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Glamorganshire - Historic County of Wales

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Glamorganshire - Historic County of Wales

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Welsh: Morgannwg or Sir Forgannwg

Work in Progress For Historical information about Glamorganshire visit Historical Glamorganshire - including connections to Historical figures, Gentry and political people connected with Glamorganshire.

For Information about research in the County and Families Researched on Geni (Including Emigrants) go to Glamorganshire - Family Heads

For Famous or Notable People from Glamorganshire visit Glamorganshire - Famous People

Known in Welsh as Morgannwg.

A maritime County bounded N. by Brecknockshire, E. by Monmouthshire, S. by the Bristol Channel, and W. by Carmarthenshire and Carmarthen Bay.

Area 518,865 acres (2,099.77 Sq.km) (1911).

Population 1,120,910 (1911)

Admin. Headquarters Cardiff

Motto: A Ddioddefws a Orfu - He who suffered, conquered

Chapman code GLA

County Flower Yellow Whitlowgrass - Draba aizoides

History

  • Succeeded by West Glamorgan
  • Mid Glamorgan
  • South Glamorgan

The highest point is at Craig-y-llyn (1,969 ft). Glamorgan is the most populous and industrialised County in Wales. The northern part of the County is a mountainous area, dissected by deep narrow valleys, with urbanisation typified by ribbon devlopment. Although the coal industry, which shaped these valleys and their communities, has now all but disappeared, this area remains heavily populated with light industry and the service sector now providing the economic base. The Vale of Glamorgan, a lowland area mainly comprising farmland and small villages stretches across most of the S. of the County from Porthcawl to Cardiff. Further W., beyond Swansea, lies the Gower penisula, an Area of Outstanding Natural Beauty. The major rivers of Glamorgan include the Taff, the Ely, the Ogmore, the Dulais, the Rhymney (which forms the border with Monmouthshire) and the Lougher (which forms the border with Carmarthenshire). The County has a wide and diverse economic base including: public administration, agriculture, light industry, manufacturing, service sector, tourism.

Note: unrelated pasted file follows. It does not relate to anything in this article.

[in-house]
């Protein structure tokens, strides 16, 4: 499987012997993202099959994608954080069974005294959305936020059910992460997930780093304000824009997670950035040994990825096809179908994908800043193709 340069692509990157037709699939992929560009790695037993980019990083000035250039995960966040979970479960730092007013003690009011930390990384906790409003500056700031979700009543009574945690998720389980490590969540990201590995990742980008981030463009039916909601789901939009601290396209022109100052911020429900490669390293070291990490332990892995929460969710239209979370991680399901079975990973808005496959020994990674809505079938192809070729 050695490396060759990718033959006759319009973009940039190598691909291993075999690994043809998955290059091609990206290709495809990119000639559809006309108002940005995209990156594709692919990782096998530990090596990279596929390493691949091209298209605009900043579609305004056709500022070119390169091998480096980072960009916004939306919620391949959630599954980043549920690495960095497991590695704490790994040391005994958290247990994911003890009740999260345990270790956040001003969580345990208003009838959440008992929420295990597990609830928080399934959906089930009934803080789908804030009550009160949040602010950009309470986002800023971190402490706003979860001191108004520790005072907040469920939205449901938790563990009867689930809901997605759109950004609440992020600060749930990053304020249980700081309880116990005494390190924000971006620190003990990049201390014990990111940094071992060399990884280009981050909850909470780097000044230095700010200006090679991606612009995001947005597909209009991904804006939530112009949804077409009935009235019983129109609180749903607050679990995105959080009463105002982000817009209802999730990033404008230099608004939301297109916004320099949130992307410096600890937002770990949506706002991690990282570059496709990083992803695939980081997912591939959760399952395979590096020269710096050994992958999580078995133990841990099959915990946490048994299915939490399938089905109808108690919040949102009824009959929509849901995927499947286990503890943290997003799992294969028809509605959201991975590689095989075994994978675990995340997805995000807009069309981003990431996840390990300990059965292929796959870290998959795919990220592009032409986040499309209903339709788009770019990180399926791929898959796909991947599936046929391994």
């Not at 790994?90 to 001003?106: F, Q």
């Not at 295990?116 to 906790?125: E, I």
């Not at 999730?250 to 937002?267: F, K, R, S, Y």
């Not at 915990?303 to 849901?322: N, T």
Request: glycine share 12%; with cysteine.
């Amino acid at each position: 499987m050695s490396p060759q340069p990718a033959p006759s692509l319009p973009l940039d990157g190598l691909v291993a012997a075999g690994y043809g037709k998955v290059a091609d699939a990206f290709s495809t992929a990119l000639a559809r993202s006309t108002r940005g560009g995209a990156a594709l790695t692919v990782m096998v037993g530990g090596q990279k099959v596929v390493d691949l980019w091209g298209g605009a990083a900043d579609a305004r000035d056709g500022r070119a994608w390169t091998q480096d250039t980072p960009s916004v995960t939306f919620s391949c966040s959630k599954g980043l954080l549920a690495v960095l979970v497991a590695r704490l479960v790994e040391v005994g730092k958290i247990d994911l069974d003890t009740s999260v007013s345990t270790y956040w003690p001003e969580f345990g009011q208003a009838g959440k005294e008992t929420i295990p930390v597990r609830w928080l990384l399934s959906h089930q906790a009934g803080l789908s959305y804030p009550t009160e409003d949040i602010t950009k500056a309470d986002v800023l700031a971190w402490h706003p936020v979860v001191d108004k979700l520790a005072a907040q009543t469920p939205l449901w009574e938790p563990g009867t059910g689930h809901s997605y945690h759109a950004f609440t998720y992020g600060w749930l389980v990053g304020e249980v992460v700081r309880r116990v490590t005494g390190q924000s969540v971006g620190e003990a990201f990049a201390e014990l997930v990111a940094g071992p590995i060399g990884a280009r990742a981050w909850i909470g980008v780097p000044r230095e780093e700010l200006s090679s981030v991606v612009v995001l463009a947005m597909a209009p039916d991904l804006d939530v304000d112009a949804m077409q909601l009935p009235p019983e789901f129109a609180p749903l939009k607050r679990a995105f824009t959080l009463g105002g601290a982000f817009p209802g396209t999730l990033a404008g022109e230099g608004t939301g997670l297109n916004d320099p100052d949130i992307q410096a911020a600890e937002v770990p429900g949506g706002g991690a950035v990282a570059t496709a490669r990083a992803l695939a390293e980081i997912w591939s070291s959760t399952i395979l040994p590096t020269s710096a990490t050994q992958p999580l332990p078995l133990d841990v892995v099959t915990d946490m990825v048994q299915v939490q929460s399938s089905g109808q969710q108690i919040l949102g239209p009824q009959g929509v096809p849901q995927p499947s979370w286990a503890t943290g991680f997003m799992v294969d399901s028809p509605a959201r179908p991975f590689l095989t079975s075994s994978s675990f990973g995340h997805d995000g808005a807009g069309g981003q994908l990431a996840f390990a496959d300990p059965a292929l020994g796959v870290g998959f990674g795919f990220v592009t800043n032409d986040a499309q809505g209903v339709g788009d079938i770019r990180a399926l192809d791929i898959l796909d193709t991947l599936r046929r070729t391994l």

Places of special interest:

  • Aberdulais Falls (SS7799);
  • Barry Island pleasure beach (ST1066);
  • Caerphilly Castle (ST1587);
  • Cardiff Castle (ST1876);
  • Castell Coch, Tongwynlais (ST1382);
  • Ewenny Priory (SS9177);
  • Llandaff Cathedral (ST1578);
  • Dare Valley Country Park (SN9802);
  • Dunraven Park, Southerndown (SS8872);
  • Museum of Welsh Life, St. Fagans (ST1177);
  • National Museum of Wales, Cardiff (ST1776);
  • Old Beaupre Castle (ST0072);
  • Ogmore Castle (SS8876); Oxwich Castle (SS4986);
  • Margam Country Park (SS8086);
  • Penscynor Wildlife Park, Cilfrew (SS7699);
  • Swansea Maritime and Industrial Museum (SS6592);
  • Tinkinswood burial chamber (ST0973); Weobley Castle (SS4792).

The main towns include

  • Aberdare,
  • Barry,
  • Bridgend,
  • Cardiff,
  • Caerphilly,
  • Cowbridge,
  • Maesteg,
  • Merthyr Tydfil,
  • Mountain Ash,
  • Neath,
  • Penarth,
  • Pontypridd,
  • Porthcawl,
  • Port Talbot,
  • Swansea

Parish Map

//photos.geni.com/p13/10/5c/6a/66/5344483a9bf4c60e/south_wales_red_original.jpg

from The Phillimore Atlas and Index of Parish Registers 1984.

For full size image see South Wales - Phillimore - open the full view and use the magnify tool.

http://en.wikipedia.org/wiki/Glamorganshire